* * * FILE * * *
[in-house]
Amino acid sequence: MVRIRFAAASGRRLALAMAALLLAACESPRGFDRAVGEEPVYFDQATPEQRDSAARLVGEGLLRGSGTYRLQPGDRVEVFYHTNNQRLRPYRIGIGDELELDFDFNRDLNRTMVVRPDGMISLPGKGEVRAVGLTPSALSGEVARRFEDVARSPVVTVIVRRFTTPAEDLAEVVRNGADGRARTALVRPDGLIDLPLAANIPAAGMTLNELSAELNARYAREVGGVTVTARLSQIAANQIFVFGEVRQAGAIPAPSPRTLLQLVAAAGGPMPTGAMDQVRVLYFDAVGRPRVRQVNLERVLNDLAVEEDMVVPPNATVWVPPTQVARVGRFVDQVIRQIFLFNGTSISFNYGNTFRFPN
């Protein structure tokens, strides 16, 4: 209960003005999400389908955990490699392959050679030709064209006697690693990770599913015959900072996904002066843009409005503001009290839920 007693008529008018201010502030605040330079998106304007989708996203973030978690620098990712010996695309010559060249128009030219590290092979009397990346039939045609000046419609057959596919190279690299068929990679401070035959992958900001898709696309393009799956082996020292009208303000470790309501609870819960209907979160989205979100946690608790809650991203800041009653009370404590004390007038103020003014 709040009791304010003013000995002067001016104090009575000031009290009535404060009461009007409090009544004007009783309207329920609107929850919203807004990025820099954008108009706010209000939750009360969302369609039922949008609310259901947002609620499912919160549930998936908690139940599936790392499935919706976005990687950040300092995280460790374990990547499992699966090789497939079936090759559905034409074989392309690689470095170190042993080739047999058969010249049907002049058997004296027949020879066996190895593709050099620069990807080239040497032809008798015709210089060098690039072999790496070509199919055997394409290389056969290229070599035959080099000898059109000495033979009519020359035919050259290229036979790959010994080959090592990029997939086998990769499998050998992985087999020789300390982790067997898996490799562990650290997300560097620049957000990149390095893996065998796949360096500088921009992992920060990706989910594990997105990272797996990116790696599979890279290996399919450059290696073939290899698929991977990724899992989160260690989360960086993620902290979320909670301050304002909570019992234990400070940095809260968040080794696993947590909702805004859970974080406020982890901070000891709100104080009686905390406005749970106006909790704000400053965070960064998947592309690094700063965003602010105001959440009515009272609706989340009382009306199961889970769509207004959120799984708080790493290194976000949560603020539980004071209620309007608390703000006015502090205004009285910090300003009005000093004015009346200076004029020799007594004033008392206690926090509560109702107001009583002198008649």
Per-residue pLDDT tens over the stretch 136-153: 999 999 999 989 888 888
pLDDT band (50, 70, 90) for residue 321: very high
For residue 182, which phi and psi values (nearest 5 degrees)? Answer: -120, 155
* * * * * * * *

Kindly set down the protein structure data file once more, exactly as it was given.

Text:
[in-house]
Amino acid sequence: MVRIRFAAASGRRLALAMAALLLAACESPRGFDRAVGEEPVYFDQATPEQRDSAARLVGEGLLRGSGTYRLQPGDRVEVFYHTNNQRLRPYRIGIGDELELDFDFNRDLNRTMVVRPDGMISLPGKGEVRAVGLTPSALSGEVARRFEDVARSPVVTVIVRRFTTPAEDLAEVVRNGADGRARTALVRPDGLIDLPLAANIPAAGMTLNELSAELNARYAREVGGVTVTARLSQIAANQIFVFGEVRQAGAIPAPSPRTLLQLVAAAGGPMPTGAMDQVRVLYFDAVGRPRVRQVNLERVLNDLAVEEDMVVPPNATVWVPPTQVARVGRFVDQVIRQIFLFNGTSISFNYGNTFRFPN
């Protein structure tokens, strides 16, 4: 209960003005999400389908955990490699392959050679030709064209006697690693990770599913015959900072996904002066843009409005503001009290839920 007693008529008018201010502030605040330079998106304007989708996203973030978690620098990712010996695309010559060249128009030219590290092979009397990346039939045609000046419609057959596919190279690299068929990679401070035959992958900001898709696309393009799956082996020292009208303000470790309501609870819960209907979160989205979100946690608790809650991203800041009653009370404590004390007038103020003014 709040009791304010003013000995002067001016104090009575000031009290009535404060009461009007409090009544004007009783309207329920609107929850919203807004990025820099954008108009706010209000939750009360969302369609039922949008609310259901947002609620499912919160549930998936908690139940599936790392499935919706976005990687950040300092995280460790374990990547499992699966090789497939079936090759559905034409074989392309690689470095170190042993080739047999058969010249049907002049058997004296027949020879066996190895593709050099620069990807080239040497032809008798015709210089060098690039072999790496070509199919055997394409290389056969290229070599035959080099000898059109000495033979009519020359035919050259290229036979790959010994080959090592990029997939086998990769499998050998992985087999020789300390982790067997898996490799562990650290997300560097620049957000990149390095893996065998796949360096500088921009992992920060990706989910594990997105990272797996990116790696599979890279290996399919450059290696073939290899698929991977990724899992989160260690989360960086993620902290979320909670301050304002909570019992234990400070940095809260968040080794696993947590909702805004859970974080406020982890901070000891709100104080009686905390406005749970106006909790704000400053965070960064998947592309690094700063965003602010105001959440009515009272609706989340009382009306199961889970769509207004959120799984708080790493290194976000949560603020539980004071209620309007608390703000006015502090205004009285910090300003009005000093004015009346200076004029020799007594004033008392206690926090509560109702107001009583002198008649």
Per-residue pLDDT tens over the stretch 136-153: 999 999 999 989 888 888
pLDDT band (50, 70, 90) for residue 321: very high
For residue 182, which phi and psi values (nearest 5 degrees)? Answer: -120, 155